If one correctly conceives labour as the maintenance of life of the individual and of the whole, then art is nothing other than the visualisation of the organisation of labour and of life. Panel painting, which was created not accidentally, but from an inner necessity coinciding with the rise of modern Capitalism, becomes inconceivable. Anyway, an individual work of art as confirmation of an egocentric type of person on the one hand, and, on the other, in the hands of its owner, as confirmation of his title as possessor, will no longer be possible. (Seiwert A bis Z 1932)
Rejection of panel, or easel painting, was also clearly seen in Seiwert's response to Kokoschka. During street-fighting in Dresden during the right-wing Kapp Putsch, a shot fired by defending workers damaged Rubens' painting Bathsheba. Ignoring the casualties (35 were killed and 151 wounded in the fighting) Kokoschka distributed a leaflet to defend the Rubens, beseeching the workers to fight elsewhere, because `the saving of such elevating works of art was in the end much greater than any political action'. Seiwert's response was immediate. Rubens' art had long been dead, he wrote, `For a few hundred years we have had enormous holes in gigantic frames'. Such art paralysed the will of the present generation: `it weighs heavily on us and prevents us from acting'.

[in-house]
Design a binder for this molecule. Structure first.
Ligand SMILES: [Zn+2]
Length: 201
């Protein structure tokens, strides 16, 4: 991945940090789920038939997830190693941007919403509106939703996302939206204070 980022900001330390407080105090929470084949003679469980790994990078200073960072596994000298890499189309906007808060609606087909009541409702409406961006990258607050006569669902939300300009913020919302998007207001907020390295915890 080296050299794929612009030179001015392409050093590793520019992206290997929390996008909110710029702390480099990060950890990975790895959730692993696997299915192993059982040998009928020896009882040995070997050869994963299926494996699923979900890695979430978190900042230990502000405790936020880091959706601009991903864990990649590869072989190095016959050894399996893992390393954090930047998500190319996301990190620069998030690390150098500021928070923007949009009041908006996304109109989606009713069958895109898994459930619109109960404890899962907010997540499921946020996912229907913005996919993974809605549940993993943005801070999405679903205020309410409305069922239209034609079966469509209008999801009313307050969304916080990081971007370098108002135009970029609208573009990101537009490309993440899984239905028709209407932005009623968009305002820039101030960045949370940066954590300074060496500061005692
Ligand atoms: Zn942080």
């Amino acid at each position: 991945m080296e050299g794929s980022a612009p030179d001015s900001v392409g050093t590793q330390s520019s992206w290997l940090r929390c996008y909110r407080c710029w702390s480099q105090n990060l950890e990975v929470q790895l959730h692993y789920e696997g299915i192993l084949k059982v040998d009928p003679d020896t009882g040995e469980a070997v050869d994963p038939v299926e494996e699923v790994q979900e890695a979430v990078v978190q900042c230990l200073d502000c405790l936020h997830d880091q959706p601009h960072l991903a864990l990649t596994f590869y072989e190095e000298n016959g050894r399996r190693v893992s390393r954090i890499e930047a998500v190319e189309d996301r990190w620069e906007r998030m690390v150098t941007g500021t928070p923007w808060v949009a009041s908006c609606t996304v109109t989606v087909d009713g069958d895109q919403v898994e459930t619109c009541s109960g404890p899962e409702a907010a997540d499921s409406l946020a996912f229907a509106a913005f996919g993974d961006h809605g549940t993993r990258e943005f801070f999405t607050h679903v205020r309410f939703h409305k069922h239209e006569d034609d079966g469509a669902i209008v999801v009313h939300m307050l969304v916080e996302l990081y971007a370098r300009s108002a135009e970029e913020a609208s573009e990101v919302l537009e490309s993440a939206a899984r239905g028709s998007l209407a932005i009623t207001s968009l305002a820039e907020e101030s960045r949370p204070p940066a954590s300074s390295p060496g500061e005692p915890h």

Seiwert's involvement with a number of anti-war groups during World War 1 was crucial in determining the later development of the Progressives. Franz Pfemfert, the editor of Die Aktion had achieved a remarkable fusion of art and politics in his determination to create a mass-circulation anti-war paper, and this combination was carried across into the work of the Progressives, who saw little difference between their art and their political activity. Indeed, the political trajectory of the Progressives paralleled that of Pfemfert and Die Aktion, as he moved from anarchism to council communism. Hoerle and Seiwert continued to contribute to Die Aktion up until their deaths. (see fig. 3)
Fig 3. Heinrich Hoerle - Cover for Die Aktion
Seiwert and Hoerle were close friends of Ret Marut, the editor of Der Ziegelbrenner, the fiery, clandestine anarchist magazine and some of Seiwert's first published graphics appeared in Der Ziegelbrenner.
Marut had been an active participant in the Munich `soviet' of 1919, and had narrowly escaped the firing squad after the soviet's collapse. While he was in hiding from the counter-revolutionary death squads, Seiwert and several of the other `Progressives' notably Hoerle, Freundlich and Hans Schmitz, helped with the production and distribution of the paper. Marut fled Germany for Mexico, where he became famous as the writer B. Traven. In order to protect his real identity he severed nearly all his contacts, the sole exception being Seiwert. Apart from the illustrations for Der Ziegelbrenner, Seiwert also drew a sketch of Marut, and painted his portrait. (fig. 4)
Fig 4. Franz Seiwert - Ret Marut